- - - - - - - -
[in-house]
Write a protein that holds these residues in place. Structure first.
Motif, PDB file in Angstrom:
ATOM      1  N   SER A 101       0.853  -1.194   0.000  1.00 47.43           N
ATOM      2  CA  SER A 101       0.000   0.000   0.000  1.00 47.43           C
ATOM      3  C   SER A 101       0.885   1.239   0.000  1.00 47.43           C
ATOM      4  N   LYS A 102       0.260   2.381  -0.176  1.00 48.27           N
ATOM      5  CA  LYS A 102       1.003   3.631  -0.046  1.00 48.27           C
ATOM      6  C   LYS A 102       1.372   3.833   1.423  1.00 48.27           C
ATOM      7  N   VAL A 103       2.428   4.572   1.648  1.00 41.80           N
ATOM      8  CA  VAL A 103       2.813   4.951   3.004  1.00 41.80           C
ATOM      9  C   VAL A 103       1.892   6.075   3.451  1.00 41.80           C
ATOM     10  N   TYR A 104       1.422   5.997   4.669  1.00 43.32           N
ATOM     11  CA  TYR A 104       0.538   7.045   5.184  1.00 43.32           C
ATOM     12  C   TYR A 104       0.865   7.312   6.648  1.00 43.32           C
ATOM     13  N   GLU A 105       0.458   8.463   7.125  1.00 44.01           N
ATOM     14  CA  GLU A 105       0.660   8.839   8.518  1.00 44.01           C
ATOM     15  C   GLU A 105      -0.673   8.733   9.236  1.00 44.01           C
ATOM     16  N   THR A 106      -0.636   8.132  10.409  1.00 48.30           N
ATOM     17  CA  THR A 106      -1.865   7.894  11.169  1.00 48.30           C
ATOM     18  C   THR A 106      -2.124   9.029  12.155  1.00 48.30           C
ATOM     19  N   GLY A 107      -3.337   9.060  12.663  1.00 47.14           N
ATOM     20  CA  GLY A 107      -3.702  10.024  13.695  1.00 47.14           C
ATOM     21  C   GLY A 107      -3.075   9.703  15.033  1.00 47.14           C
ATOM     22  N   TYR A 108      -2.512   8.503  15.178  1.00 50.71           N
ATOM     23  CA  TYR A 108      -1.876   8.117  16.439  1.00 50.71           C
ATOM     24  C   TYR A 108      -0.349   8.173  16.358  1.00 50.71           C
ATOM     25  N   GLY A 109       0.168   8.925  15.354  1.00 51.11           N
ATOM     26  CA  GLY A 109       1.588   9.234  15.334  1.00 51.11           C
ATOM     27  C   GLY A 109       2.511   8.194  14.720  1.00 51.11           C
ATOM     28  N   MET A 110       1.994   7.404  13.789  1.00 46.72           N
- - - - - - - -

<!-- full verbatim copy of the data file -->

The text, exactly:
[in-house]
Write a protein that holds these residues in place. Structure first.
Motif, PDB file in Angstrom:
ATOM      1  N   SER A 101       0.853  -1.194   0.000  1.00 47.43           N
ATOM      2  CA  SER A 101       0.000   0.000   0.000  1.00 47.43           C
ATOM      3  C   SER A 101       0.885   1.239   0.000  1.00 47.43           C
ATOM      4  N   LYS A 102       0.260   2.381  -0.176  1.00 48.27           N
ATOM      5  CA  LYS A 102       1.003   3.631  -0.046  1.00 48.27           C
ATOM      6  C   LYS A 102       1.372   3.833   1.423  1.00 48.27           C
ATOM      7  N   VAL A 103       2.428   4.572   1.648  1.00 41.80           N
ATOM      8  CA  VAL A 103       2.813   4.951   3.004  1.00 41.80           C
ATOM      9  C   VAL A 103       1.892   6.075   3.451  1.00 41.80           C
ATOM     10  N   TYR A 104       1.422   5.997   4.669  1.00 43.32           N
ATOM     11  CA  TYR A 104       0.538   7.045   5.184  1.00 43.32           C
ATOM     12  C   TYR A 104       0.865   7.312   6.648  1.00 43.32           C
ATOM     13  N   GLU A 105       0.458   8.463   7.125  1.00 44.01           N
ATOM     14  CA  GLU A 105       0.660   8.839   8.518  1.00 44.01           C
ATOM     15  C   GLU A 105      -0.673   8.733   9.236  1.00 44.01           C
ATOM     16  N   THR A 106      -0.636   8.132  10.409  1.00 48.30           N
ATOM     17  CA  THR A 106      -1.865   7.894  11.169  1.00 48.30           C
ATOM     18  C   THR A 106      -2.124   9.029  12.155  1.00 48.30           C
ATOM     19  N   GLY A 107      -3.337   9.060  12.663  1.00 47.14           N
ATOM     20  CA  GLY A 107      -3.702  10.024  13.695  1.00 47.14           C
ATOM     21  C   GLY A 107      -3.075   9.703  15.033  1.00 47.14           C
ATOM     22  N   TYR A 108      -2.512   8.503  15.178  1.00 50.71           N
ATOM     23  CA  TYR A 108      -1.876   8.117  16.439  1.00 50.71           C
ATOM     24  C   TYR A 108      -0.349   8.173  16.358  1.00 50.71           C
ATOM     25  N   GLY A 109       0.168   8.925  15.354  1.00 51.11           N
ATOM     26  CA  GLY A 109       1.588   9.234  15.334  1.00 51.11           C
ATOM     27  C   GLY A 109       2.511   8.194  14.720  1.00 51.11           C
ATOM     28  N   MET A 110       1.994   7.404  13.789  1.00 46.72           N